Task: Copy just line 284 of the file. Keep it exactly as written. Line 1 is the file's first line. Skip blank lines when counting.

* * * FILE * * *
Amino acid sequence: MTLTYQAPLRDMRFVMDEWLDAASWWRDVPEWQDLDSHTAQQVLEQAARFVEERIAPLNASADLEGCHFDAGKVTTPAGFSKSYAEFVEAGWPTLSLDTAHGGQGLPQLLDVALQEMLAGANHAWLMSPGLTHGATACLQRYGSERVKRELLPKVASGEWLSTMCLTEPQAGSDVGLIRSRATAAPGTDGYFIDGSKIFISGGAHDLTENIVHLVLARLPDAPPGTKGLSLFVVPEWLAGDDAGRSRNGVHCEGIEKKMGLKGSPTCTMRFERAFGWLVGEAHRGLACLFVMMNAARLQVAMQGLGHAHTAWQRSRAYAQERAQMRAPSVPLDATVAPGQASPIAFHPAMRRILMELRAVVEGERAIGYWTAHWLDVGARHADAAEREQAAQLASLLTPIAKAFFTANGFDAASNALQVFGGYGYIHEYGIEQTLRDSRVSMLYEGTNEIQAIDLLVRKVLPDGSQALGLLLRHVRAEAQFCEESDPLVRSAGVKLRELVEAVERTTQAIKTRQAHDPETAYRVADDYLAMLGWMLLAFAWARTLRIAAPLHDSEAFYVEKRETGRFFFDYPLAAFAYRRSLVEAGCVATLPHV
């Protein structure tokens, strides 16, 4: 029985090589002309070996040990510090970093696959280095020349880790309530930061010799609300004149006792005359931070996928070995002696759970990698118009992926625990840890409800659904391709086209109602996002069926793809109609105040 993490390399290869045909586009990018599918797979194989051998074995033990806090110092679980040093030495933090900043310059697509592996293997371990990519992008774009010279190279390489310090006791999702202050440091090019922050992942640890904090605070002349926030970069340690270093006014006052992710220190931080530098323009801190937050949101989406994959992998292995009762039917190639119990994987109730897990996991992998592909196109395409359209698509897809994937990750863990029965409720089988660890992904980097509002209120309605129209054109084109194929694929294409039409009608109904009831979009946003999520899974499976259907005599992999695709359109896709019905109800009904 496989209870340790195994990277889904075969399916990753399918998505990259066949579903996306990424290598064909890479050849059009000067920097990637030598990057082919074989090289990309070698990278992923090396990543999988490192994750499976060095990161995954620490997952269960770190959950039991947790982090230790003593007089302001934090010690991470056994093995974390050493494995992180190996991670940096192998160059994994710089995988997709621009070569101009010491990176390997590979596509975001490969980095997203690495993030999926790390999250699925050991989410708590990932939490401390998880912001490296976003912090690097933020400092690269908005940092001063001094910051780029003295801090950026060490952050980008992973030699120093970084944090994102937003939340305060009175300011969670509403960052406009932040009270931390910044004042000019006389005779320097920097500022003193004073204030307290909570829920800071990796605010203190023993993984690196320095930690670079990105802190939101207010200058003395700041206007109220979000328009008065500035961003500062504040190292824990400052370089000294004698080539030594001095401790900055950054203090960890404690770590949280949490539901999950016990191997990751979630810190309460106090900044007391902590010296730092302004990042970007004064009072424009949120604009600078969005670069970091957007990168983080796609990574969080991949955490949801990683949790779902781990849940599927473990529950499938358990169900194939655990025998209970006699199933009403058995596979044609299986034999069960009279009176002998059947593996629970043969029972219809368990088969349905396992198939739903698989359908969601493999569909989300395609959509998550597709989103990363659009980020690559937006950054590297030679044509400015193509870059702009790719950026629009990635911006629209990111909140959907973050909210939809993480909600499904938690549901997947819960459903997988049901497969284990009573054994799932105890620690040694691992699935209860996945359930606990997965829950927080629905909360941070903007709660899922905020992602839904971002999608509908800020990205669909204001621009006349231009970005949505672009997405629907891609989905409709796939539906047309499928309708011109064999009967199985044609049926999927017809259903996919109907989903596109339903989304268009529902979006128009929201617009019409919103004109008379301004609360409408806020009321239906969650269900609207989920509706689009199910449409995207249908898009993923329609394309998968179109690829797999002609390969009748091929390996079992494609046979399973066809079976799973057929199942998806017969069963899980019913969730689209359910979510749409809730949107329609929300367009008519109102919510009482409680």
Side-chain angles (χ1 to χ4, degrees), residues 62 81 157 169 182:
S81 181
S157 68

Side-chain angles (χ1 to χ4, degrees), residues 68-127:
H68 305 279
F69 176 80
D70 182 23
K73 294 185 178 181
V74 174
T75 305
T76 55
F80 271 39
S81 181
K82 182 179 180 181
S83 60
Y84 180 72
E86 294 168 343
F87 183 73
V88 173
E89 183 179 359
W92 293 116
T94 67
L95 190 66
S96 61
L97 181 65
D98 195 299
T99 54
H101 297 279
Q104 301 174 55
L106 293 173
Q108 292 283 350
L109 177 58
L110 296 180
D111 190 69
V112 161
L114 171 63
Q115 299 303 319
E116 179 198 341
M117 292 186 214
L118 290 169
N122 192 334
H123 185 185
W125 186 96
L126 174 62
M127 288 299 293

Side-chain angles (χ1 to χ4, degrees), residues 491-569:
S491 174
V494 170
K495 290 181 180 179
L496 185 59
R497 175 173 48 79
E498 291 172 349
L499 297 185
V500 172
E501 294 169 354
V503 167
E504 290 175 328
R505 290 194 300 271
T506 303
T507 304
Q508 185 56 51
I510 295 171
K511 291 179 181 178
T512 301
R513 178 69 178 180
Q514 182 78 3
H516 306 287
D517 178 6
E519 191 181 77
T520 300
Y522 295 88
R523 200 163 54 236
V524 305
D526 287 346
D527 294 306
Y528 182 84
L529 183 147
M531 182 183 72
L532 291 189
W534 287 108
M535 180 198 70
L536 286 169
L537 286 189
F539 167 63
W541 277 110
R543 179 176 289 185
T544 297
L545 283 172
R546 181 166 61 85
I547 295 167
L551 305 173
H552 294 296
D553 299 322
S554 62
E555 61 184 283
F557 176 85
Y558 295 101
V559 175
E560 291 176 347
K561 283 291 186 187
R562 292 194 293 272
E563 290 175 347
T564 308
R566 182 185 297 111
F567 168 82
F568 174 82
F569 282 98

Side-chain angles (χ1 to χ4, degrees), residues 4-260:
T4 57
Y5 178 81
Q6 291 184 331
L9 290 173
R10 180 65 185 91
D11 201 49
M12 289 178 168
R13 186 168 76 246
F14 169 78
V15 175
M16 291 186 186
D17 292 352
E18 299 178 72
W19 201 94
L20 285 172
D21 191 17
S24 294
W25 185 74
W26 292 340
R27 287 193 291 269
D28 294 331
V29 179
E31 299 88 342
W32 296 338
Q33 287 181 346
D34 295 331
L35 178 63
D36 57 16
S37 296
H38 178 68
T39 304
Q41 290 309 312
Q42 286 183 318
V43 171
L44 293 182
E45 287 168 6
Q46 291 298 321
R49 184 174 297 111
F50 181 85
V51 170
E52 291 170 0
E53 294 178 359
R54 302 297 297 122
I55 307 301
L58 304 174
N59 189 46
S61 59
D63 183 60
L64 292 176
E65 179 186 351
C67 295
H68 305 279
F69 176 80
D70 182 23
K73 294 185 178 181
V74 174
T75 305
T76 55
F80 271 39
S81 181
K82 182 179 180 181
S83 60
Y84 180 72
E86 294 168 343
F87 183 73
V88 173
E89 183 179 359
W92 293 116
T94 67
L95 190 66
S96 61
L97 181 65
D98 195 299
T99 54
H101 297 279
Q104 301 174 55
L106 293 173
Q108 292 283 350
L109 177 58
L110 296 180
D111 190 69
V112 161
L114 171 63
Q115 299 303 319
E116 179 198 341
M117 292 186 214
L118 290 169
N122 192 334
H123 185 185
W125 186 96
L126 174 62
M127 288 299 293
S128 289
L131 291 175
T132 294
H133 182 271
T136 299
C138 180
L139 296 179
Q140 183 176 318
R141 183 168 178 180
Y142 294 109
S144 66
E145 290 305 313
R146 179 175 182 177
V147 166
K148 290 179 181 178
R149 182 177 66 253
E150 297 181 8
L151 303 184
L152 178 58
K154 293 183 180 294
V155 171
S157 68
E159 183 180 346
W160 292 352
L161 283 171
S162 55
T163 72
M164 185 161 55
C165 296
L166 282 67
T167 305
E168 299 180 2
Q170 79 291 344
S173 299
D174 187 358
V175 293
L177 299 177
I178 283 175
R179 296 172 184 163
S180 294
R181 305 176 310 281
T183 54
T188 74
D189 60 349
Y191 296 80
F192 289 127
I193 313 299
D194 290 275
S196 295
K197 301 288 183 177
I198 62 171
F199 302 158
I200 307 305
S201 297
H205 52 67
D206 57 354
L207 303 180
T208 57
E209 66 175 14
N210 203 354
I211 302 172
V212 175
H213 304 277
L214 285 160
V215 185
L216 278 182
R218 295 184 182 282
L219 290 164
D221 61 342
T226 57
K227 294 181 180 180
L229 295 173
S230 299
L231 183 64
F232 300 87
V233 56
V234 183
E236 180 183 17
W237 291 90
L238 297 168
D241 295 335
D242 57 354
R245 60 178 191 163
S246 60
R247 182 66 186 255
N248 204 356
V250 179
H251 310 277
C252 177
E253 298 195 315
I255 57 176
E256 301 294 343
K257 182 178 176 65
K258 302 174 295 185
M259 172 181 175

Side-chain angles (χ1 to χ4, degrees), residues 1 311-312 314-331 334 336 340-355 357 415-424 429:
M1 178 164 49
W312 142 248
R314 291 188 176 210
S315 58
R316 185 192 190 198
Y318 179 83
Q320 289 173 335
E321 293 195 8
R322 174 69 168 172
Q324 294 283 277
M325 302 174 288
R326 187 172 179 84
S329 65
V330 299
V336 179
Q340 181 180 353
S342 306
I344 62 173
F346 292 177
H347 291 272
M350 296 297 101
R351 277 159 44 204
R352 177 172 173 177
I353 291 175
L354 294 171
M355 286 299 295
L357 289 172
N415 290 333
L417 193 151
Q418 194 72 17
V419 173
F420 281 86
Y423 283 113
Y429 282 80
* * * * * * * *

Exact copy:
D242 57 354